This is something which I think I’m ok with, based on how much I have saved in the past at my higher income. I know the worry these days is that so many people haven’t saved enough. I’ve got about $140K (it goes up and down with the market so I try to not constantly be monitoring it) in my retirement accounts, and luckily, I can’t reach any of it!!

Emergency Funds:

I’m at the lowest amount I want to go to, regarding emergency funds. At the advice of a reader to a recent post of mine, I changed the nickname of my big online savings account to DO NOT TOUCH (and yes, I did put it all in caps, too.)  I’ve been trying to put about 65/paycheck into about three online savings accounts, by having it directly deposited into them.

I’m sure I am forgetting some kind of details but this is as much as I can think of right now.

*********

So Where Do I Go From Here, or what does all of this mean? 

If you’ve actually made it this far into this post, (1) congrats and (2), you can see that if I were to have two lower amount paychecks, it’s a very thin tightrope I will have to walk.  Luckily, I don’t expect that to be the case since we get paid on the 1st and the 15th. Just based on days included in a month, the check for the 1st should usually be the bigger one of the two. And so far, I’ve not had an 80 Hour Paycheck – they have either been for 88 or 96 hours.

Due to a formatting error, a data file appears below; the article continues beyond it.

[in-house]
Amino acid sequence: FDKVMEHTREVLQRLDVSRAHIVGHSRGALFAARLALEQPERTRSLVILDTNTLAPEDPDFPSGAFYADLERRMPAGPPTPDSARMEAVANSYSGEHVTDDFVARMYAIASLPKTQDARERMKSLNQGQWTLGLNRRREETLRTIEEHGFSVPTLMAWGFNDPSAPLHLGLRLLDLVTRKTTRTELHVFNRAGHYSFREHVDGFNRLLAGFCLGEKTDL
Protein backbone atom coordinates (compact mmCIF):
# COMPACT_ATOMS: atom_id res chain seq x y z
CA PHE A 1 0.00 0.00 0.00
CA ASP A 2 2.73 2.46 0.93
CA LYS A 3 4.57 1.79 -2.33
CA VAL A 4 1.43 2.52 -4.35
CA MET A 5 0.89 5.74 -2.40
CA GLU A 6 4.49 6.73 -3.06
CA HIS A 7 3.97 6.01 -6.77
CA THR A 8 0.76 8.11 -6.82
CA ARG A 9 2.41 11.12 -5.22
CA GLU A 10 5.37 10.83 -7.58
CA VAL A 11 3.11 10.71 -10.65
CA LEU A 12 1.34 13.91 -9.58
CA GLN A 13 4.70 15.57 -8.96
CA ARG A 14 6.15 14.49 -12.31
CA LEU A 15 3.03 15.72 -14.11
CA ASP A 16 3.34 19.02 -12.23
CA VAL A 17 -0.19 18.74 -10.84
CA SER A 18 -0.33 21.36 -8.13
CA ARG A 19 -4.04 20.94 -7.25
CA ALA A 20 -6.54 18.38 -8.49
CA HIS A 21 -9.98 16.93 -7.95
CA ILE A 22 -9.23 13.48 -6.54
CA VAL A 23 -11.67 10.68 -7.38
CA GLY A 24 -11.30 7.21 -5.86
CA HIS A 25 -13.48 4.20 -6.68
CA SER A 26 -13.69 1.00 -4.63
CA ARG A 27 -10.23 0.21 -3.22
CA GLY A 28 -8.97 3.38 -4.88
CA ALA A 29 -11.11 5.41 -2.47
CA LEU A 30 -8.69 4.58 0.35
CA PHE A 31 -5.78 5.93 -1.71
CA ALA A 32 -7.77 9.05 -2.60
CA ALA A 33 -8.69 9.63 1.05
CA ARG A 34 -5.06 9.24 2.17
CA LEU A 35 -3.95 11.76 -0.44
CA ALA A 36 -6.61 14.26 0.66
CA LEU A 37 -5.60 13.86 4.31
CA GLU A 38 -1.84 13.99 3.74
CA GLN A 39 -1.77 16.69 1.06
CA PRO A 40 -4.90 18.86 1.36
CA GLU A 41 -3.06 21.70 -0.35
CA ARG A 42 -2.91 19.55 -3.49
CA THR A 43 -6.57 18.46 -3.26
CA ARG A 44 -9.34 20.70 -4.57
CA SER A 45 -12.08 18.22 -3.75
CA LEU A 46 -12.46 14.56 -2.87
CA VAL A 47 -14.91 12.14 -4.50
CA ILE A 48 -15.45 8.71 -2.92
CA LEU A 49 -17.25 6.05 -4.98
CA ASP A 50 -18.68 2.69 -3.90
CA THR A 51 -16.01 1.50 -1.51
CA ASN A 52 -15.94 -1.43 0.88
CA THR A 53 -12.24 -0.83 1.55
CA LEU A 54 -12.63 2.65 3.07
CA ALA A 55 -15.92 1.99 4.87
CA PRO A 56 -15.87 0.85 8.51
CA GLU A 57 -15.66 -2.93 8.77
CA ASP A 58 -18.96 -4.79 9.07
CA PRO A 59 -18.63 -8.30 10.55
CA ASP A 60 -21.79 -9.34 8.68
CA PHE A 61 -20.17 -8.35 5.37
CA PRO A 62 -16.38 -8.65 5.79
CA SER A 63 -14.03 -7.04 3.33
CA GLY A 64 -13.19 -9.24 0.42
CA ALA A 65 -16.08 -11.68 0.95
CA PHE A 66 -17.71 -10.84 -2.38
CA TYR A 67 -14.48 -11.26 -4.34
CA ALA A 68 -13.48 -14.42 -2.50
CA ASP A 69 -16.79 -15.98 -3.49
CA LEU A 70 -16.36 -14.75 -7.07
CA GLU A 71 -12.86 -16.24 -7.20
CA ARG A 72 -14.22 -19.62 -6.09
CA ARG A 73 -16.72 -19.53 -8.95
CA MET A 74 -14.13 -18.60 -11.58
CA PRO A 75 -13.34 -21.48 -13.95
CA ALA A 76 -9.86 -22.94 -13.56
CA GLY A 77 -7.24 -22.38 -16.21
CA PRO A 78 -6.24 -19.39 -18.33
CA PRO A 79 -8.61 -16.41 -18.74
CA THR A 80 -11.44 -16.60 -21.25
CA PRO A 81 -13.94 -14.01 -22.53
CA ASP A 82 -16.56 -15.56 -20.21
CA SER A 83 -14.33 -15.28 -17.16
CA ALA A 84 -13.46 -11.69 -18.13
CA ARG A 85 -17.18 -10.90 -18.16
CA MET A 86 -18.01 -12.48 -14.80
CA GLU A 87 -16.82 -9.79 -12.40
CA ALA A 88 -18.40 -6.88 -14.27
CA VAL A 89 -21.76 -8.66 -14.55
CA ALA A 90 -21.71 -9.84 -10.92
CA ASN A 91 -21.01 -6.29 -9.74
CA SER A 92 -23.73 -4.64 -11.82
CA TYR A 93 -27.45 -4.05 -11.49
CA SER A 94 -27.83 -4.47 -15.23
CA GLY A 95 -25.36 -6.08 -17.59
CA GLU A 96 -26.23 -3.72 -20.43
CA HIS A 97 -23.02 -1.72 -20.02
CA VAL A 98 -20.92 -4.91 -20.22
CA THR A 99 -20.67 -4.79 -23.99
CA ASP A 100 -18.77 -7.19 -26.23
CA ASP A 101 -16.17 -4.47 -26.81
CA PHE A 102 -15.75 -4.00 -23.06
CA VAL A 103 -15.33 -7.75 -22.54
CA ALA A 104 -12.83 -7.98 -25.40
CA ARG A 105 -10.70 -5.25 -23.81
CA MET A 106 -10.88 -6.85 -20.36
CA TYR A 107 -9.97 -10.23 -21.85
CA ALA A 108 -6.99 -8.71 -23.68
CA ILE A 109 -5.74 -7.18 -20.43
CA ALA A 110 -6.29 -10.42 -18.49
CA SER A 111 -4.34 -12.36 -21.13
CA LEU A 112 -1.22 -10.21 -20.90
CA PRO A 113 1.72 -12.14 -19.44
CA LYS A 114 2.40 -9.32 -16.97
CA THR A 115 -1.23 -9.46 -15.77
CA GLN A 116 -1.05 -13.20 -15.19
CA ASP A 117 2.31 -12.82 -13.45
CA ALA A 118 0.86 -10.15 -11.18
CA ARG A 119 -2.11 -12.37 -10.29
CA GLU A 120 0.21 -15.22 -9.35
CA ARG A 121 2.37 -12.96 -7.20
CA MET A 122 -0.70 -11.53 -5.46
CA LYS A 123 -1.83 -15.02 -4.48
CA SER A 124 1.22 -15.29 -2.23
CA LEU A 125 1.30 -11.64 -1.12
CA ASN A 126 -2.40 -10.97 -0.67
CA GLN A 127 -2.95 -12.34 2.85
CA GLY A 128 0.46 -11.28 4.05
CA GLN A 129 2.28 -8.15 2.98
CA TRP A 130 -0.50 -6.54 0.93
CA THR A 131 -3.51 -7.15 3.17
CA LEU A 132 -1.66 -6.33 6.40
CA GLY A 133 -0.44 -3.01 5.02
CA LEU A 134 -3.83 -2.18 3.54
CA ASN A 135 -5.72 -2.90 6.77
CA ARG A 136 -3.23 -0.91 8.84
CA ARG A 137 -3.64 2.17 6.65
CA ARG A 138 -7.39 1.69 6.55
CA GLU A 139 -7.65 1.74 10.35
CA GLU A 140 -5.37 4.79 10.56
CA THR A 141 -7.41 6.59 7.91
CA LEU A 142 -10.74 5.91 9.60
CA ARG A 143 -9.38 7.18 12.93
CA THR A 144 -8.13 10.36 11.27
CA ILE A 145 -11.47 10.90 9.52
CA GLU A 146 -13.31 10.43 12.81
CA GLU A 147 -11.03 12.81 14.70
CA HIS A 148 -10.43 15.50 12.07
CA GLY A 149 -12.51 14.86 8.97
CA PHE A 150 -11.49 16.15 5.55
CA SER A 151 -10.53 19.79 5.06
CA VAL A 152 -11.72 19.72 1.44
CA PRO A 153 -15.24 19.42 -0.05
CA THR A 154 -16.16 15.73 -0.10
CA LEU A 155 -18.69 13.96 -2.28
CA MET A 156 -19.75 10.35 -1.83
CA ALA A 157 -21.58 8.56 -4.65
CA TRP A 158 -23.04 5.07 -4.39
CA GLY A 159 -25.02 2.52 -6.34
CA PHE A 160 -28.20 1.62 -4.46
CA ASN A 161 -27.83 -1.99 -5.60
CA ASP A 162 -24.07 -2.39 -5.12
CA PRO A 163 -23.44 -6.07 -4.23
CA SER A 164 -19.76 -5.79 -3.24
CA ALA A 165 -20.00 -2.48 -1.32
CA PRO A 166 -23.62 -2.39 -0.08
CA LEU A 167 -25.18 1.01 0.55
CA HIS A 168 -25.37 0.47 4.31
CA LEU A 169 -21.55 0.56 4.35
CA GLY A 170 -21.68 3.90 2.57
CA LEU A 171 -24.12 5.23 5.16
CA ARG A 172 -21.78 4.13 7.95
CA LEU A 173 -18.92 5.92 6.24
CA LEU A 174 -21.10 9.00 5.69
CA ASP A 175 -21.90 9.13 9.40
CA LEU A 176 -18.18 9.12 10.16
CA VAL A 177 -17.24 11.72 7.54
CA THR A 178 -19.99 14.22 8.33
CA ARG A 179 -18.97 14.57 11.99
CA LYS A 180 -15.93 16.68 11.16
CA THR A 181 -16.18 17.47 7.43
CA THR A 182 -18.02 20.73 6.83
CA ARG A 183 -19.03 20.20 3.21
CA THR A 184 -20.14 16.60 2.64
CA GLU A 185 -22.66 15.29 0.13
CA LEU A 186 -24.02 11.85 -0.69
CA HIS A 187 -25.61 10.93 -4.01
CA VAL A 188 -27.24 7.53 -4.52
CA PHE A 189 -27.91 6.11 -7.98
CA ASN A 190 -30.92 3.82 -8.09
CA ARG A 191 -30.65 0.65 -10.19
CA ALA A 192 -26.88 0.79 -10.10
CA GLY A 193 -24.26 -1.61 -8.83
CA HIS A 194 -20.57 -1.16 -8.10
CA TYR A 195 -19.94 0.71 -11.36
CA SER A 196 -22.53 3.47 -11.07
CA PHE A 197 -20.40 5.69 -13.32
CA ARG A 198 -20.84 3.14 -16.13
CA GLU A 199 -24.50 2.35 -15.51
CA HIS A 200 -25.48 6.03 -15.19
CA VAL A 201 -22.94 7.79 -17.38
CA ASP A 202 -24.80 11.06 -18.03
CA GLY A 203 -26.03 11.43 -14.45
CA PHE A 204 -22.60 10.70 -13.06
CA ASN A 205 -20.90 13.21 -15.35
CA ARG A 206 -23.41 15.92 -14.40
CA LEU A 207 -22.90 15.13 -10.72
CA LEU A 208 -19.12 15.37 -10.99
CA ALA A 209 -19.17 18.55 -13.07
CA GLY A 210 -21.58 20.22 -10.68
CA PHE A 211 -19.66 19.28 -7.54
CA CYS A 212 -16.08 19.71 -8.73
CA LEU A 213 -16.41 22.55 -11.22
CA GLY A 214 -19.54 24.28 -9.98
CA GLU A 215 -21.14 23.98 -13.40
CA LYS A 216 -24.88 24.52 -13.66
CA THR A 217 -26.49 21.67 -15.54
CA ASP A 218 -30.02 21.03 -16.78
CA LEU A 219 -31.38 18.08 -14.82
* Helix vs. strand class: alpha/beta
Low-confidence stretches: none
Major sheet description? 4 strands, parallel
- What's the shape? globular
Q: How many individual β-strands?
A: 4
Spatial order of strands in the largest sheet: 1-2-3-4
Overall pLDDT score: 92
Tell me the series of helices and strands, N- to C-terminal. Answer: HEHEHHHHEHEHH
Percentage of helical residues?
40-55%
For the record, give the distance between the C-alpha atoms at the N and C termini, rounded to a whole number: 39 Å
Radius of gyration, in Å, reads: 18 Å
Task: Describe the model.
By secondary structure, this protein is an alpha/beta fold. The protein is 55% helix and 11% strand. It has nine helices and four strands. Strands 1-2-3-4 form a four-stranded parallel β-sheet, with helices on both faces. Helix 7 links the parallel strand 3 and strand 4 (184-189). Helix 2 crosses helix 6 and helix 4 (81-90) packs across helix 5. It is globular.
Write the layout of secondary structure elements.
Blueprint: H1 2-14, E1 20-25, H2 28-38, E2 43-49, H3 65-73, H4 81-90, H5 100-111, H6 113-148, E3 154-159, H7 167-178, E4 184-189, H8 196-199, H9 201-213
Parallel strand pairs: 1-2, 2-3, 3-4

I do plan on perusing my auto insurance policy to see if my coverage can be reduced in areas – I basically had them apply the same limits as I originally had in MA, which I have found to be one of the most restrictive states when it comes to auto policies. (Oh wait, imagine my *shocked face.* Please, note sarcasm in my voice.) So my guess is that my premium doesn’t have to be as high as it is, even though my car is a 2013 model.